The North American Aviation P-51 Mustang is an American long-range, single-seat fighter and fighter-bomber used during World War II and the Korean War, among other conflicts. The Mustang was designed in April 1940 by a design team headed by James Kindelberger of North American Aviation (NAA) in response to a requirement of the British Purchasing Commission. The Purchasing Commission approached North American Aviation to build Curtiss P-40 fighters under license for the Royal Air Force (RAF). Rather than build an old design from another company, North American Aviation proposed the design and production of a more modern fighter. The prototype NA-73X airframe was rolled out on 9 September 1940, 102 days after the contract was signed, and first flew on 26 October.
In 1938, the British government established a purchasing commission in the United States, headed by Sir Henry Self. Self was given overall responsibility for Royal Air Force (RAF) production, research and development, and also served with Sir Wilfrid Freeman, the Air Member for Development and Production. Self also sat on the British Air Council Sub-committee on Supply (or “Supply Committee”) and one of his tasks was to organize the manufacturing and supply of American fighter aircraft for the RAF. At the time, the choice was very limited, as no U.S. aircraft then in production or flying met European standards, with only the Curtiss P-40 Tomahawk coming close. The Curtiss-Wright plant was running at capacity, so P-40s were in short supply.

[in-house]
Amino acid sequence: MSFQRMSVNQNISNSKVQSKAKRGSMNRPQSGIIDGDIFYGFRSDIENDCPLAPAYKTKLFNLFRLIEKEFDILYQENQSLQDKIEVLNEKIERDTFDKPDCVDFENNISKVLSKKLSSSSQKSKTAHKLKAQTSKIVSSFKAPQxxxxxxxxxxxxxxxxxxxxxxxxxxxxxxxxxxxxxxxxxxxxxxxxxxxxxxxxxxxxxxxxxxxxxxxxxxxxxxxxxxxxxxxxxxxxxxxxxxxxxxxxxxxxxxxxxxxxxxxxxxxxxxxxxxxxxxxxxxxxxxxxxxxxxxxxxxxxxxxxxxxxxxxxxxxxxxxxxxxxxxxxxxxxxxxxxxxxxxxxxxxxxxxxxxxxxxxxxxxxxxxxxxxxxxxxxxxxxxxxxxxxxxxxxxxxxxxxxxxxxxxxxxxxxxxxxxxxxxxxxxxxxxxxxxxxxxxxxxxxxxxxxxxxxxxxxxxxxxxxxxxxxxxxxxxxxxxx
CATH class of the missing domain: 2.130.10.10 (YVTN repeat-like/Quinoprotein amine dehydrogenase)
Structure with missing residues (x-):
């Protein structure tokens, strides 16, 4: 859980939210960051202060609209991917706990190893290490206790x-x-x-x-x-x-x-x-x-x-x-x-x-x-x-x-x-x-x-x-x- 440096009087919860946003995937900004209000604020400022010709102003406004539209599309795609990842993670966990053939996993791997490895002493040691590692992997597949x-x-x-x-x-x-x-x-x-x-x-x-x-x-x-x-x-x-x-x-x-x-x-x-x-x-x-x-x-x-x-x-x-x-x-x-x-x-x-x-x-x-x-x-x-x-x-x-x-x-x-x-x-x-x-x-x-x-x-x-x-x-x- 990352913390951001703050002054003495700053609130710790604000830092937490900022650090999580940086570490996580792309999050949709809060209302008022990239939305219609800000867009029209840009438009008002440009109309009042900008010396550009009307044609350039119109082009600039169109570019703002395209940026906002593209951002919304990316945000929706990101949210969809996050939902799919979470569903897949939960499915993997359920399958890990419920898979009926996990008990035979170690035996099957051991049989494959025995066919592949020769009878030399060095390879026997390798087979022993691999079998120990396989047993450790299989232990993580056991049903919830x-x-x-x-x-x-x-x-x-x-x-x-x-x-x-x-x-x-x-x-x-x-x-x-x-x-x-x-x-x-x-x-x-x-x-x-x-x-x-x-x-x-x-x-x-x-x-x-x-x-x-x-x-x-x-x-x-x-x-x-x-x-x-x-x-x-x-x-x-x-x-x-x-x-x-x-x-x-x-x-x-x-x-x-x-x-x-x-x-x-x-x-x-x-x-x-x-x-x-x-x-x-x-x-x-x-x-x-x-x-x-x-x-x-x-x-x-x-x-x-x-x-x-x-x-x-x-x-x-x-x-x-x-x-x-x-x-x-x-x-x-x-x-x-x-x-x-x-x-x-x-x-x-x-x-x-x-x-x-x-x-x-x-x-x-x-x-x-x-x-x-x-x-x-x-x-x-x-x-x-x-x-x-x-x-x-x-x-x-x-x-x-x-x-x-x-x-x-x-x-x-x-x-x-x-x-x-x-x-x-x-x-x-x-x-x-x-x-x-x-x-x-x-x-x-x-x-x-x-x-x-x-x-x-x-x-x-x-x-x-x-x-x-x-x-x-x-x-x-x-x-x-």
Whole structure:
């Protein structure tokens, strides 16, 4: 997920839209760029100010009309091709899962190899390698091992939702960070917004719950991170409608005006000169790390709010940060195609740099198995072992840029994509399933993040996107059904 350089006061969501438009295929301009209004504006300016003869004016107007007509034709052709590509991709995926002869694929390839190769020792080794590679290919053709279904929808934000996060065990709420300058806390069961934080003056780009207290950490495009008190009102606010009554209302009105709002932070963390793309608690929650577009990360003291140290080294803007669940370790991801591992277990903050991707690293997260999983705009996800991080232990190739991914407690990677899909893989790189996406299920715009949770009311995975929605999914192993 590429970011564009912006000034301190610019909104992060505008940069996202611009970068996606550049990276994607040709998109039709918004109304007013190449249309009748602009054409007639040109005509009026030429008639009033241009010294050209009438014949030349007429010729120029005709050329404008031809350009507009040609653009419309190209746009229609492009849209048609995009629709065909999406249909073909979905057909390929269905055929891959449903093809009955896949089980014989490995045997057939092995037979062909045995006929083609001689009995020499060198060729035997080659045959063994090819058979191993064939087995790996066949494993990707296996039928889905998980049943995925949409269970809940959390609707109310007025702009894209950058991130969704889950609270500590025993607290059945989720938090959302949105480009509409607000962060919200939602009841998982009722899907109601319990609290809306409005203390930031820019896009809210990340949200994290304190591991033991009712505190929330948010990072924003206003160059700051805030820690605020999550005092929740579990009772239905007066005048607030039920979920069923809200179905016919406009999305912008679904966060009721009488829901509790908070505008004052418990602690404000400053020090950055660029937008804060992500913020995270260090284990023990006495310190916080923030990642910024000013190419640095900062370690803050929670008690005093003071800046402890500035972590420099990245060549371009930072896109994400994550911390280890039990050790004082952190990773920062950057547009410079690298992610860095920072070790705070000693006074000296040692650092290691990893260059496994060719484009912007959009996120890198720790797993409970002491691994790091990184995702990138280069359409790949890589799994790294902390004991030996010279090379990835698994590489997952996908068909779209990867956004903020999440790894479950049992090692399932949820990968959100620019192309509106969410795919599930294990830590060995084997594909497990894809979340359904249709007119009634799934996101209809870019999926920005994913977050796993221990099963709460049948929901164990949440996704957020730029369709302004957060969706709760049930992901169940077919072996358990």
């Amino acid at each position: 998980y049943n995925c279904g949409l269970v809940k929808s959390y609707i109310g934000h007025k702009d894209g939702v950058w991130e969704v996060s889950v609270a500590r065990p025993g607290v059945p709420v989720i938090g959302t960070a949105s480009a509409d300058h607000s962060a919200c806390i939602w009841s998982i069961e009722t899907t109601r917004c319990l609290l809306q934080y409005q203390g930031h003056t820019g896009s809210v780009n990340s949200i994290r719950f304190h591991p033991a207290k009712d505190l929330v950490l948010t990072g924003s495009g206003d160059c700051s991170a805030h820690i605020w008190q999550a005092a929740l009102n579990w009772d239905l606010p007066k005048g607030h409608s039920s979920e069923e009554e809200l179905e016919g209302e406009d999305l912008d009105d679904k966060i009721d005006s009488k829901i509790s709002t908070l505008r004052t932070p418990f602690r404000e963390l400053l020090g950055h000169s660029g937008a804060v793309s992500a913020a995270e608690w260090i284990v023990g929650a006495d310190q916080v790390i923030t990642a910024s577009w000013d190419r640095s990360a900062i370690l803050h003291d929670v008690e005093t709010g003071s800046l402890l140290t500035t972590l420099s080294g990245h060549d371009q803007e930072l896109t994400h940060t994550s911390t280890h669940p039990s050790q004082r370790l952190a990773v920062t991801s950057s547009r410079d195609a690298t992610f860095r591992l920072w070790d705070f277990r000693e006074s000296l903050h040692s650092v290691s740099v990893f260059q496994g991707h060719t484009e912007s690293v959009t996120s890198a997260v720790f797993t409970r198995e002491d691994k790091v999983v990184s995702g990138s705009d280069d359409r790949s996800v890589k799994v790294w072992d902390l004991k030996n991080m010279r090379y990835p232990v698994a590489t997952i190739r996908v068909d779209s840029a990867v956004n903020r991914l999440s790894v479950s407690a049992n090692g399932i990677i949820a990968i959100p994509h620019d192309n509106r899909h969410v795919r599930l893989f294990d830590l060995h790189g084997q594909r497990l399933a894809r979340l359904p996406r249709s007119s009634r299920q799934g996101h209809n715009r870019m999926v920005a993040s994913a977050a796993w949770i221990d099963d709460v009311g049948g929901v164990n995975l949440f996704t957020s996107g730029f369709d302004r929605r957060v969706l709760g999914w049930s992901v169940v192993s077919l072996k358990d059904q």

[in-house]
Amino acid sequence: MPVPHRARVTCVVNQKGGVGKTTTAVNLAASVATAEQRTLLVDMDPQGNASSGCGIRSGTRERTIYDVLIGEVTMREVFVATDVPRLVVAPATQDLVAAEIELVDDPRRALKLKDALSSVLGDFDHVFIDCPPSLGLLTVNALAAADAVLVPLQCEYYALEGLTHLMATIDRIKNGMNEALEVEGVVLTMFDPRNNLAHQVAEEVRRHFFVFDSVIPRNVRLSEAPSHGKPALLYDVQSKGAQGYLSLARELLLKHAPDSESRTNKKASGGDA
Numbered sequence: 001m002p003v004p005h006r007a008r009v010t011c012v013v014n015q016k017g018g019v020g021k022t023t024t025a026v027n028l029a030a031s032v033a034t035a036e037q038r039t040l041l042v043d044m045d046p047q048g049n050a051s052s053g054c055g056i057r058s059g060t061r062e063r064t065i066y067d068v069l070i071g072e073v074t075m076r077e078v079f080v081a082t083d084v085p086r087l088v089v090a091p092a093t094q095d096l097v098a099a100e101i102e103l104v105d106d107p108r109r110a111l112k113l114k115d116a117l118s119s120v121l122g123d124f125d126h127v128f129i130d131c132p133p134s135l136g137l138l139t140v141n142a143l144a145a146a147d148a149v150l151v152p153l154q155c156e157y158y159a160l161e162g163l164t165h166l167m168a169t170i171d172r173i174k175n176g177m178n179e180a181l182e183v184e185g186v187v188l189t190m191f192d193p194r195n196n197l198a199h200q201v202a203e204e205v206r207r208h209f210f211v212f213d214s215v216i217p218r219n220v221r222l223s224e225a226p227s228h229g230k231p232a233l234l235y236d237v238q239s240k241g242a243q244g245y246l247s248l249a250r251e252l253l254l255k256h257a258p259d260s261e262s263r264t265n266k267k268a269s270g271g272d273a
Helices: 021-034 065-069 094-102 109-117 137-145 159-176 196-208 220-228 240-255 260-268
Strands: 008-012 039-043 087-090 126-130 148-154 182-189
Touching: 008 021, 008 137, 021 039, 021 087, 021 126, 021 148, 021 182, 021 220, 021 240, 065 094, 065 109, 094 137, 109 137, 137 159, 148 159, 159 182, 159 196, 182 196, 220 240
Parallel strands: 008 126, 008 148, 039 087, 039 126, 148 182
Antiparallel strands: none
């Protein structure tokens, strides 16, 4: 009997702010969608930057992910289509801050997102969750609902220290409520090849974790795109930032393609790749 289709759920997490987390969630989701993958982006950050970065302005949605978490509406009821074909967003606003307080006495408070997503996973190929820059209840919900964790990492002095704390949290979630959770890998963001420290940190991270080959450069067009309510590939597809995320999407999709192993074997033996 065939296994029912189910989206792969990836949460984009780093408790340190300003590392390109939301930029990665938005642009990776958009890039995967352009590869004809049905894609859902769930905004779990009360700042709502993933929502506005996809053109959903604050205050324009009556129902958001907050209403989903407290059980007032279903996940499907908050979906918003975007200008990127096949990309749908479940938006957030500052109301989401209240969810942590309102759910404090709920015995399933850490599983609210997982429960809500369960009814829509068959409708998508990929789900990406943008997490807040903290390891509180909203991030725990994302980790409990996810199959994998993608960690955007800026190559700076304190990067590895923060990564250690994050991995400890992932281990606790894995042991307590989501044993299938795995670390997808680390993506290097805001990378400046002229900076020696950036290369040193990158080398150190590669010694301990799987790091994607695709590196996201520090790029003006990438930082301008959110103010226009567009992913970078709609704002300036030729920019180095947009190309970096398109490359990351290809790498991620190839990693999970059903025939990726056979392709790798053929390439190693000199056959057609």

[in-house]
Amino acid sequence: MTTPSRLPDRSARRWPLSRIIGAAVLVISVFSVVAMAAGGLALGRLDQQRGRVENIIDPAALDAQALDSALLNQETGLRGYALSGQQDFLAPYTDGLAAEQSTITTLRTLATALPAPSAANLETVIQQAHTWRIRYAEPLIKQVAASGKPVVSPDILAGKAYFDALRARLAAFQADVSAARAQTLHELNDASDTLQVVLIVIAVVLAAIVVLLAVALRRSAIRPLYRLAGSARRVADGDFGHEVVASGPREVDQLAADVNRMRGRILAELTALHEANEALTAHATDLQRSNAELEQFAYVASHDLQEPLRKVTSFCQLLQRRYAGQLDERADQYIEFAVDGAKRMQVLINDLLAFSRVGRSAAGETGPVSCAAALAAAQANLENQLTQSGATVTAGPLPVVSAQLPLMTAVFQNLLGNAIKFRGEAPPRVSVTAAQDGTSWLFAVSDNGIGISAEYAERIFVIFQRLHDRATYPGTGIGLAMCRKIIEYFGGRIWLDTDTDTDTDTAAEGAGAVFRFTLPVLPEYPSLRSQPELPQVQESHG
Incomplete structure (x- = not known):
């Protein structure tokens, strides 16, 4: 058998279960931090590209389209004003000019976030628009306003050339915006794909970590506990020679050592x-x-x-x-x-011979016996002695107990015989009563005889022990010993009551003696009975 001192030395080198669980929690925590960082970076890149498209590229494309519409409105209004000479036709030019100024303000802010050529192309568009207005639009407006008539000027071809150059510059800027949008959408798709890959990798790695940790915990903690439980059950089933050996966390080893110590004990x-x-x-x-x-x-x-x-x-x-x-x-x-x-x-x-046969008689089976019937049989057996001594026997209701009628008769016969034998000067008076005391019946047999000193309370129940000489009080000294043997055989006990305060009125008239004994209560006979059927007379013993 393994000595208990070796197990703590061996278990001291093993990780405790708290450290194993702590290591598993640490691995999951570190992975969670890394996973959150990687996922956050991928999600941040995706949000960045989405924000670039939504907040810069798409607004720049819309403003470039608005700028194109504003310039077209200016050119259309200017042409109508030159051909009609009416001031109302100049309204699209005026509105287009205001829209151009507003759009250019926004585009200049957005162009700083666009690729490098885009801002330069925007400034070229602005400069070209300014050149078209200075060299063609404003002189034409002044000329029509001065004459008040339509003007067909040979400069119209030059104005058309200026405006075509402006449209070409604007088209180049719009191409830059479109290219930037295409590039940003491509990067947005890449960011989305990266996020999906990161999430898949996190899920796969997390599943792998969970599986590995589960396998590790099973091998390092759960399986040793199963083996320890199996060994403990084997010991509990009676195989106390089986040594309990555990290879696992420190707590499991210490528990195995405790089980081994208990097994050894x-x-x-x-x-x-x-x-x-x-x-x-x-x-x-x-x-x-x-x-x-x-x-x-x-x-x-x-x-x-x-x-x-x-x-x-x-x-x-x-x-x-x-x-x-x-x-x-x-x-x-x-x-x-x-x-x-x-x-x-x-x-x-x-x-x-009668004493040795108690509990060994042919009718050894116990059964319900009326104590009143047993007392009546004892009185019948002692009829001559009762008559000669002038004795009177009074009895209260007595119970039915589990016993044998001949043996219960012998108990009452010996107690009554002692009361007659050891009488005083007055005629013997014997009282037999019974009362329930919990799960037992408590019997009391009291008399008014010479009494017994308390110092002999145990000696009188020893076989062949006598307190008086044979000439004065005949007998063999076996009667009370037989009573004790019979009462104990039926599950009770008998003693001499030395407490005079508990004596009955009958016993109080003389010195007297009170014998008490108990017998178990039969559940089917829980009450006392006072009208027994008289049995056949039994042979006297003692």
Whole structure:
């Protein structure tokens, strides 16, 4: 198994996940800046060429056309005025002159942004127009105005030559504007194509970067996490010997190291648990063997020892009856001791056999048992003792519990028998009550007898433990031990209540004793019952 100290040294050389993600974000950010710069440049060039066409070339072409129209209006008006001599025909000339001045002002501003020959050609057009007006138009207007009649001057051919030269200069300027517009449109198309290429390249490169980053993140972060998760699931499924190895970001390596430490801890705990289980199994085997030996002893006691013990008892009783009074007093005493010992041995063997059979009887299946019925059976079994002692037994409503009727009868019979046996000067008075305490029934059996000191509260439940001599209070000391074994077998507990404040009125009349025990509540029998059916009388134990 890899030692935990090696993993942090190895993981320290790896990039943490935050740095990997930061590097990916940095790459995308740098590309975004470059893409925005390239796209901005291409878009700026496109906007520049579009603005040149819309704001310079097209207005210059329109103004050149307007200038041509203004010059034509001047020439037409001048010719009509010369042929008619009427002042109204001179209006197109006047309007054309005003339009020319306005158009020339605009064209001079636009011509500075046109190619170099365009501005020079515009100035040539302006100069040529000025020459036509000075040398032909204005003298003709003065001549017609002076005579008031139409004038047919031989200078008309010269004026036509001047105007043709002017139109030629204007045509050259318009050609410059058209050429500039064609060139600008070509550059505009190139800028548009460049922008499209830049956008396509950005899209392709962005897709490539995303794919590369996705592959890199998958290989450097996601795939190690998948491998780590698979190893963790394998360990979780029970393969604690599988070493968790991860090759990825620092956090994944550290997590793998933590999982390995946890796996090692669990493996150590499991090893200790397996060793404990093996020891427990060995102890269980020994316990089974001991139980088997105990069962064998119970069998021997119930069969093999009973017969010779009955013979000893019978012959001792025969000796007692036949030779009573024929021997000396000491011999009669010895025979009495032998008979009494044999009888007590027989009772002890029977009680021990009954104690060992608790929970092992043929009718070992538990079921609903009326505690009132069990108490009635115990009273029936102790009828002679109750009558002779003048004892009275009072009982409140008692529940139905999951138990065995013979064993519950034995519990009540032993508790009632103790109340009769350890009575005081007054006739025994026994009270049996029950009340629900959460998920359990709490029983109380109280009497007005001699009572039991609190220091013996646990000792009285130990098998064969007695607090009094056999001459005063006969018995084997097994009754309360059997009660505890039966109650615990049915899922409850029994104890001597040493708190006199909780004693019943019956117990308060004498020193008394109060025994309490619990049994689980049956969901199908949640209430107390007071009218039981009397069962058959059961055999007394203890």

|National origin||United States|
|Manufacturer||North American Aviation|
|First flight||26 October 1940|
|Introduction||January 1942 (RAF)|
|Status||Retired from military service 1984 (Dominican Air Force)|
|Primary users||United States Army Air Forces|
Royal Air Force
Royal New Zealand Air Force
Royal Canadian Air Force
|Number built||More than 15,000|
|Variants||North American A-36 Apache|
Rolls-Royce Mustang Mk.X
|Developed into||North American F-82 Twin Mustang|
Piper PA-48 Enforcer
North American Aviation (NAA) was already supplying its Harvard trainer to the RAF, but was otherwise underused. NAA President “Dutch” Kindelberger approached Self to sell a new medium bomber, the North American B-25 Mitchell. Instead, Self asked if NAA could manufacture P-40s under license from Curtiss. Kindelberger said NAA could have a better aircraft with the same Allison V-1710 engine in the air sooner than establishing a production line for the P-40.